“I can’t understand why people are frightened of new ideas. I’m frightened of the old ones.” — John Cage
Zombies are drawn to the pulse of your creative spirit like a moth to a flame. They feel that their survival is threatened by your life force. Your desire to innovate is not something they can passively ignore. No, they need to destroy it. This seems like a strange reaction, doesn’t it? Why would a zombie be so unwilling to invest any energy into creating their own art, and yet when it comes to destroying your art they suddenly have an unstoppable surge of aggression?
Have you ever created something new and then been surprised by the opposition it was received with? Perhaps you have created something original that sparked an unexpected amount of brutal criticism. It seems that the best ideas are met not with open arms but hostile resistance. This is not unprecedented and it shouldn’t surprise us. The stories we learn as children teach us that new ideas aren’t peacefully welcomed, but met with vicious dissent. Here are some examples:
Noah created a vessel capable of saving everyone, but only eight people had the courage to support him on the ark. Everyone else laughed and opposed his effort with righteous disapproval.
Galileo was arrested for championing the idea that the world was not flat. Copernicus’ heliocentric theory wasn’t published during his lifetime because he feared the violent uprising that his suggestion that our planet revolves around the sun would instigate.
The Reformation was not a peaceful acceptance of Martin Luther’s ideas, but a bloody war of ideas that ripped the Catholic church apart.
Composer Igor Stravinsky’s masterpiece, The Rite of Spring is widely considered to be among the most influential musical works of the 20th century, yet in the first public performance it caused riots because the audience wasn’t ready for a revolution.
Vincent van Gogh’s genius was only recognized after death. How could 2,000 works of art by this master go unnoticed during his lifetime?
Alice Stewart proved that x-rays during pregnancy could cause childhood cancer but it took a quarter of a century of medical resistance before the practice was curtailed.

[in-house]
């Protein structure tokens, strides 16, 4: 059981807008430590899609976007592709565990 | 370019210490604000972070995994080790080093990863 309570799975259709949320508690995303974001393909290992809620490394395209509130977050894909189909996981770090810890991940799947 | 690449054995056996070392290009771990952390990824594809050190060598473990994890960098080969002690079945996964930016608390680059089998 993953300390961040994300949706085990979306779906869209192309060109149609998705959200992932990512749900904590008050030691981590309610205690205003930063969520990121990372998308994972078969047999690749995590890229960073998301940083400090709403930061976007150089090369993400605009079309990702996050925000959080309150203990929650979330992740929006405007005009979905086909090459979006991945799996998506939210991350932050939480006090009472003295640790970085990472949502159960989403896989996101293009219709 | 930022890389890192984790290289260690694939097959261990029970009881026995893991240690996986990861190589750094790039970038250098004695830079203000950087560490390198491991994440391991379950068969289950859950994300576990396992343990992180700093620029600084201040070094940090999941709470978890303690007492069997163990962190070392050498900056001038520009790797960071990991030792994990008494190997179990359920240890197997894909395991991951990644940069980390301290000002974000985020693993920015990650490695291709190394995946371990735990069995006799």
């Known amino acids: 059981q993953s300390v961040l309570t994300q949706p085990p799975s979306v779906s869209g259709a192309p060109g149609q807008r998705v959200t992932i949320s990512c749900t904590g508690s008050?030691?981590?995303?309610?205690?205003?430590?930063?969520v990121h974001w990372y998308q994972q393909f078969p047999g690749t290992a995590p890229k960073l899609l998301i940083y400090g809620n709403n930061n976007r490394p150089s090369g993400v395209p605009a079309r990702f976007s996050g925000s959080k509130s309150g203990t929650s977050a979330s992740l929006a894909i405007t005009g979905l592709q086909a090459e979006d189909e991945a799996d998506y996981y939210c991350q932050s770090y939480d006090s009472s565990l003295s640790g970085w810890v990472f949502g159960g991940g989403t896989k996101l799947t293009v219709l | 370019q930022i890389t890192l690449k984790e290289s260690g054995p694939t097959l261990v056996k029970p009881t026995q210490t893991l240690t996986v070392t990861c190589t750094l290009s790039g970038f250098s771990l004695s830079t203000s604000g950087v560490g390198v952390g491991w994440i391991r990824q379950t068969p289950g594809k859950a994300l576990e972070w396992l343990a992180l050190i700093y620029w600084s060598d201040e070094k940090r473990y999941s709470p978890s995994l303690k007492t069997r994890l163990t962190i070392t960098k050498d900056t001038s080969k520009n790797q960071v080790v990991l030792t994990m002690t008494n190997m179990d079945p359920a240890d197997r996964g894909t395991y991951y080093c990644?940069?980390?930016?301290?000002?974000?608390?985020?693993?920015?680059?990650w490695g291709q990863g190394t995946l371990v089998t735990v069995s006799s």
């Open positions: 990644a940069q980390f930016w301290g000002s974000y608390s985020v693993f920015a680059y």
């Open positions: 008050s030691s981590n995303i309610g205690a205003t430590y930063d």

The implication here is that if you are going to create world-changing work it is almost guaranteed to be met with resistance. When zombies are presented with something that is original and unique they have a natural bias against it.
Do people unknowingly prefer non-creative ideas? This hypothesis was tested by researchers from Cornell, Penn, and the University of North Carolina. Their findings are published in a paper titled, The Bias Against Creativity: Why People Desire But Reject Creative Ideas. What they discovered was that while participants universally agreed that creativity is a desired goal, when presented with actual creative ideas they tended to endorse the less creative options. Here is their conclusion,
“Our findings imply a deep irony. Prior research shows that uncertainty spurs the search for and generation of creative ideas, yet our findings reveal that uncertainty also makes us less able to recognize creativity, perhaps when we need it most.”
The study identified the trigger as uncertainty. People will reject ideas that they can’t be certain about. It doesn’t matter if the idea is actually good or bad, human nature condemns anything truly original. For those of us who make a living striving for originality, this can be devastating. How do you battle human nature? Many artists retreat and create safe work rather than suffer the rejection that true innovation will elicit.
If you are going to create truly creative work you need to prepare for opposition. You will make people uncomfortable. You will offend them. They will instinctively rebel against your art. Knowing this won’t make your battle any easier, but at least it won’t catch you by surprise. When the uncertainty of strangers threatens your art, you will be ready.
There isn’t a magical place where all brilliant ideas are recognized and beautiful designs never go unused. In the real world you are going to have to fight for your work to see the light of day. Nobody is going to swoop in and champion your work for you. You will be much more successful when you became your own evangelist, promoter, and cheerleader.
Once you decide to risk your reputation in support of an idea, it will be much easier gain support. When you carry the risk on your shoulders it helps the hesitant observers to get onboard because they know they can point at you when things get tough. That is okay. Your attitude needs to be, “Blame me, but don’t worry. I will not let the project fail. I will do whatever it takes to get it done, whether you support me or not.” The only way to do good work is to champion the big ideas yourself. Don’t expect your work to be embraced. Fight for it.
Next week: Imposter Syndrome.